Old 25th May 2006
  #16
Gear Head
 

Quote:
Originally Posted by chetatkinsdiet

I can handle ebay scumbags...it's Paypal that irks me.

m
More Gospel truth...
Old 25th May 2006
  #17
Gear Guru
 
lucey's Avatar
A pair of modded M500s ... that are supposed to be like 77s ... for $700?

Of course they sound "different"! Was he expecting 2 77s for $700?








(aside: UPS never pays claims, beware of them)
Old 25th May 2006
  #18
Gear Nut
 

Quote:
Originally Posted by w2w
I always transfer money out of Paypal instantly into a bank account,and then transfer it out of that account right away into another as well to avoid a charge back.
I have a couple of big-ticket items on eBay right now, and this thread has me concerned. What about this strategy for avoiding chargebacks:

Don't connect your PayPal account with any bank account at all. This may be a hassle, but you can always withdraw PayPal money by check (for $1.50 fee).

Sure, this would limit you a little as a buyer, as you would have to use a credit card for purchases. It might also limit your "confirmed" status or the level of your membership, but you could still buy and sell through PayPal.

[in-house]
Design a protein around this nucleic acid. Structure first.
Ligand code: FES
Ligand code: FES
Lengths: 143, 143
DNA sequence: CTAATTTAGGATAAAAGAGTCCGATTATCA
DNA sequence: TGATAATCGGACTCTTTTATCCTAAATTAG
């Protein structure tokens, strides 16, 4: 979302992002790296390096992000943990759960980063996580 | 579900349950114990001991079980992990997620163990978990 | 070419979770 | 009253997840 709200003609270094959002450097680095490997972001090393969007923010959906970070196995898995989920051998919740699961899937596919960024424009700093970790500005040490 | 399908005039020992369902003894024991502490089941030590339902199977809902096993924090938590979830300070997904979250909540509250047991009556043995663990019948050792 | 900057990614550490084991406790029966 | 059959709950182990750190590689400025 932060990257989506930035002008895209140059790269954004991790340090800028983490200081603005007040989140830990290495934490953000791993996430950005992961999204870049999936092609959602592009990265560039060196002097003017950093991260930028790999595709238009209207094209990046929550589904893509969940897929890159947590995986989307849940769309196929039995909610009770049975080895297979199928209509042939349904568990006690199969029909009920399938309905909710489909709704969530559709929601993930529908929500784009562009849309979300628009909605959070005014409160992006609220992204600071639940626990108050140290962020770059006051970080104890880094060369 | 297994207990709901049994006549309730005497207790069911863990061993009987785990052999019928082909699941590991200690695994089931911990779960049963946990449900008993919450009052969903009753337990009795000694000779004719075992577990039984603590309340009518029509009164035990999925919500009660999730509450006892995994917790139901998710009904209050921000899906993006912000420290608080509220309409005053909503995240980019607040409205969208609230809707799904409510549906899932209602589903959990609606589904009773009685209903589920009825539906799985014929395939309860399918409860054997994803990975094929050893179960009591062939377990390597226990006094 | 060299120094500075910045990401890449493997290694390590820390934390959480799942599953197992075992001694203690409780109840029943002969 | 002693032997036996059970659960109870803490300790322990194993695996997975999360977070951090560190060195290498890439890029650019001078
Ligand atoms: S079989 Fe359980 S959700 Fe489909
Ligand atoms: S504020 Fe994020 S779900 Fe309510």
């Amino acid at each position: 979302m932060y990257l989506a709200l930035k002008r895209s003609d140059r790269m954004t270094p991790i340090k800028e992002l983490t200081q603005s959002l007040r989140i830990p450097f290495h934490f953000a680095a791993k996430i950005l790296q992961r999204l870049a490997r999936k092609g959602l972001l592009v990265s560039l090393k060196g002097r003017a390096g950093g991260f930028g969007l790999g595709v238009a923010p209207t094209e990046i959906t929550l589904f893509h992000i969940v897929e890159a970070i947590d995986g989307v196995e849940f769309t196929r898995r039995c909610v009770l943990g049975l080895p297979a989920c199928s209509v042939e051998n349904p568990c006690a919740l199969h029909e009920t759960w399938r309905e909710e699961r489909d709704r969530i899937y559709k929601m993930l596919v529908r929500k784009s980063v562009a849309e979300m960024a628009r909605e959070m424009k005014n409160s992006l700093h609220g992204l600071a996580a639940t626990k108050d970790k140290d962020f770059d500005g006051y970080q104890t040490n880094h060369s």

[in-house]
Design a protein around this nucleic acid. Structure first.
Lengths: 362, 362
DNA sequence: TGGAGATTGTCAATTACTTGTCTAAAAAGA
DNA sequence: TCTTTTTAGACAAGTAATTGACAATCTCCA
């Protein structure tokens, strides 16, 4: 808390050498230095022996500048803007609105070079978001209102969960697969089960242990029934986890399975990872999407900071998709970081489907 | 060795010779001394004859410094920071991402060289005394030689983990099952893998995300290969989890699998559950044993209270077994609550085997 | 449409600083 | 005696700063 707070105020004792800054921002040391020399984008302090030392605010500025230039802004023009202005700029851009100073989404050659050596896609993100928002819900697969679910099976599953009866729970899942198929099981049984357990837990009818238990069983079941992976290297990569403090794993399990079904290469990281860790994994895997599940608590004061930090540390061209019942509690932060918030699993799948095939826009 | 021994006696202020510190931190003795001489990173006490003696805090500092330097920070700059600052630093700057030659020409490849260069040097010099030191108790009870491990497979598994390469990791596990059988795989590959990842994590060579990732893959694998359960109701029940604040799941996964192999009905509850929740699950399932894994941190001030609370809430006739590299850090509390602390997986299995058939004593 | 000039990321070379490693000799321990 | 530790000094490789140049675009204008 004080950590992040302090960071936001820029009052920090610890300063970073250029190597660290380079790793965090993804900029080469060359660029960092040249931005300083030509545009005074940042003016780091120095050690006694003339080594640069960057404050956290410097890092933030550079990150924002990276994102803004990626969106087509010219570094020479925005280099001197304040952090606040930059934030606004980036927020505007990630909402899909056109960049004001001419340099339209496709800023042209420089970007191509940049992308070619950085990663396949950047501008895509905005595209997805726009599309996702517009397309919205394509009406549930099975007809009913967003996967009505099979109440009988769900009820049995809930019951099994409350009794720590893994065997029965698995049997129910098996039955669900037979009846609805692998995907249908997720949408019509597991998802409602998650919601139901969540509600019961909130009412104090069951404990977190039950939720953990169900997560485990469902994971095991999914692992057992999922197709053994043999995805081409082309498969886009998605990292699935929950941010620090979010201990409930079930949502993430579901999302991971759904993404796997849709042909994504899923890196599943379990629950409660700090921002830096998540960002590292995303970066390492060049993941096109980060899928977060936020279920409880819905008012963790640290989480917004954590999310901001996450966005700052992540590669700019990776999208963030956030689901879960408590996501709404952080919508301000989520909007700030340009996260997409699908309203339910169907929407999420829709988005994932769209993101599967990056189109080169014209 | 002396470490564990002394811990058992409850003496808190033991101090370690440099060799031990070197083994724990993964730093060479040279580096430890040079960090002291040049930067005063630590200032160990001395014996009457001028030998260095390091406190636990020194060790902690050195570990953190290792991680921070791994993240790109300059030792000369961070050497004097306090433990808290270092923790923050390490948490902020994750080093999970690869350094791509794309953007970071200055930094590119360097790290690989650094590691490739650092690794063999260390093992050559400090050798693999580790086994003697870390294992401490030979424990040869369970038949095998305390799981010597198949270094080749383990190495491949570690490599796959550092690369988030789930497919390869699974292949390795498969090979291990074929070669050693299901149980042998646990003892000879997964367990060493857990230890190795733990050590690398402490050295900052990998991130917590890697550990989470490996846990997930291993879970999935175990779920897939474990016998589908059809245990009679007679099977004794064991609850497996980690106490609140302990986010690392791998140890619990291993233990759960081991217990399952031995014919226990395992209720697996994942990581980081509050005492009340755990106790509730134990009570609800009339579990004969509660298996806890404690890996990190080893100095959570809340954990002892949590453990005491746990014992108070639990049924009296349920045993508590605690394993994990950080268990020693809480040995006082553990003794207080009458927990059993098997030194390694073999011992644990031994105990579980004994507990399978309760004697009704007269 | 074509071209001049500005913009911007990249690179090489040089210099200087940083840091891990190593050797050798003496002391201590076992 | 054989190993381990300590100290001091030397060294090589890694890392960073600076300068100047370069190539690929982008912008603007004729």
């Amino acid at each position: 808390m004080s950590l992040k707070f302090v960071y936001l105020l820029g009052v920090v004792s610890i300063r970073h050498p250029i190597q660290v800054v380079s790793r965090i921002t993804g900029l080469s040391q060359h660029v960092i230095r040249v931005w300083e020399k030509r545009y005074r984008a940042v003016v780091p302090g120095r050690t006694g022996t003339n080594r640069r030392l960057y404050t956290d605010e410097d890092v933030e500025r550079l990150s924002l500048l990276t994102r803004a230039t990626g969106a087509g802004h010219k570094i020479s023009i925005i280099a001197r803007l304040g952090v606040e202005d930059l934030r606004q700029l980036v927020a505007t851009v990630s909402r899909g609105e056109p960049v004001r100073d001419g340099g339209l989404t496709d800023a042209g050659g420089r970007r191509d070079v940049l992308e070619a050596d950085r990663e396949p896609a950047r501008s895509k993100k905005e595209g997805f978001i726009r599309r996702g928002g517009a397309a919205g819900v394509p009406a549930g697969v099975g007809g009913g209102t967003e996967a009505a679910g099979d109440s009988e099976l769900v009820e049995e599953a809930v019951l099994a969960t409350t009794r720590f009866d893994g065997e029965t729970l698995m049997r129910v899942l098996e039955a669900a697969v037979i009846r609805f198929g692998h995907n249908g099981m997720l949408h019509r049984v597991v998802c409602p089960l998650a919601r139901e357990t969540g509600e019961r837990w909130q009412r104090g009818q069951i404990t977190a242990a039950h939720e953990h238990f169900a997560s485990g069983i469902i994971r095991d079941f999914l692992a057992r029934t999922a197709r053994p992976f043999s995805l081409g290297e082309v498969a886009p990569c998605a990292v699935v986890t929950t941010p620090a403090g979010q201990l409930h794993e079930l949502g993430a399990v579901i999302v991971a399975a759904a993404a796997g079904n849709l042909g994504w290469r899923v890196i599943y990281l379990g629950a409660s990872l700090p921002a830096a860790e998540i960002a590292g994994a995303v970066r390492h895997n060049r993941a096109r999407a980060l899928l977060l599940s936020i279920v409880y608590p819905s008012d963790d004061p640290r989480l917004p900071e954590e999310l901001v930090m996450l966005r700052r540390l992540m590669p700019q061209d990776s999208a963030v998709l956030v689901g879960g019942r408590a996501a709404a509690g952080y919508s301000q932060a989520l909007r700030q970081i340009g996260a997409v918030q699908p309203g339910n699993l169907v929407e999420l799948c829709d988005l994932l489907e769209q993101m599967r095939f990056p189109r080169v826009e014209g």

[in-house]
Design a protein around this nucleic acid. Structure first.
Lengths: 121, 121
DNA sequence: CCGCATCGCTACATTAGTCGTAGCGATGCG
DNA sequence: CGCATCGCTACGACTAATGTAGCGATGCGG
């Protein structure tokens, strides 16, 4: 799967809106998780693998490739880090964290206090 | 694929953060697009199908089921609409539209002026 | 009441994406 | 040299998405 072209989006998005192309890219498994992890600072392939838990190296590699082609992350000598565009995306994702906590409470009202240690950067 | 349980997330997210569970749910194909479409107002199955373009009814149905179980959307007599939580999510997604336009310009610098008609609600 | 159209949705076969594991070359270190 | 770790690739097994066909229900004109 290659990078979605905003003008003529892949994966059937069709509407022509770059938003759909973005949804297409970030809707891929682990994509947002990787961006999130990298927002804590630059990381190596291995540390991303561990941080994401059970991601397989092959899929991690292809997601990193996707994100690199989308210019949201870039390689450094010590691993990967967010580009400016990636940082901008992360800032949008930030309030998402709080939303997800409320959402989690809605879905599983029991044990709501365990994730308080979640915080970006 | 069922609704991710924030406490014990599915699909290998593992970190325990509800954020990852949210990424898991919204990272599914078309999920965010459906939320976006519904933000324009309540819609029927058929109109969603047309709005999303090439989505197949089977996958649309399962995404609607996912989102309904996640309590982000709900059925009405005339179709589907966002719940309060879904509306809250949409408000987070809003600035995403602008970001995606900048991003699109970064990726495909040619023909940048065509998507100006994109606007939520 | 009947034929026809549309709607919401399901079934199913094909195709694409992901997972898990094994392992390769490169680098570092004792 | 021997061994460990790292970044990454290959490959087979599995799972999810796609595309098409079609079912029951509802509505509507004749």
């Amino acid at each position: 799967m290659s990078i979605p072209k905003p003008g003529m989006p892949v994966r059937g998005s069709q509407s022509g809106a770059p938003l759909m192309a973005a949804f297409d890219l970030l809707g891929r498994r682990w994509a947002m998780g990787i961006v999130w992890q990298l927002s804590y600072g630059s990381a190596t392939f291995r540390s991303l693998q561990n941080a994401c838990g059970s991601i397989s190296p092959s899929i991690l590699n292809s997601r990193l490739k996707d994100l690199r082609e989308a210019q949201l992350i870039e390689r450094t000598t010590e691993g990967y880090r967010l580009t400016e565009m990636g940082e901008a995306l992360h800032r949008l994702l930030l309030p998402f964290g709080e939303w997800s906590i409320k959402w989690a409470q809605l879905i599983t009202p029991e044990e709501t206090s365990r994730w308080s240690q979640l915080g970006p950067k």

If you don't have a bank account tied to your PP account, how can PP get money from you for a chargeback? Through your credit card? But if PP charged your credit card for a chrageback that a third party demanded, that would show up as a purchase on your credit card, which you could then dispute. Right?

My credit card company allows me to go online and generate "virtual account numbers" with payment limits. These virtual numbers can be used only once, so if someone tried to charge more than my self-set limit for that number, the charge would not go through. A PayPal account with this kind of one-time-only card number could also help prevent chargebacks of large amounts. The only hassle is that, as a buyer, you have to generate a new virtual number for each purchase. With PP, that means you'd have to replace you credit card info in your PP account each time you make a purchase. For someone like me who uses PP only occasionally, this is not big deal.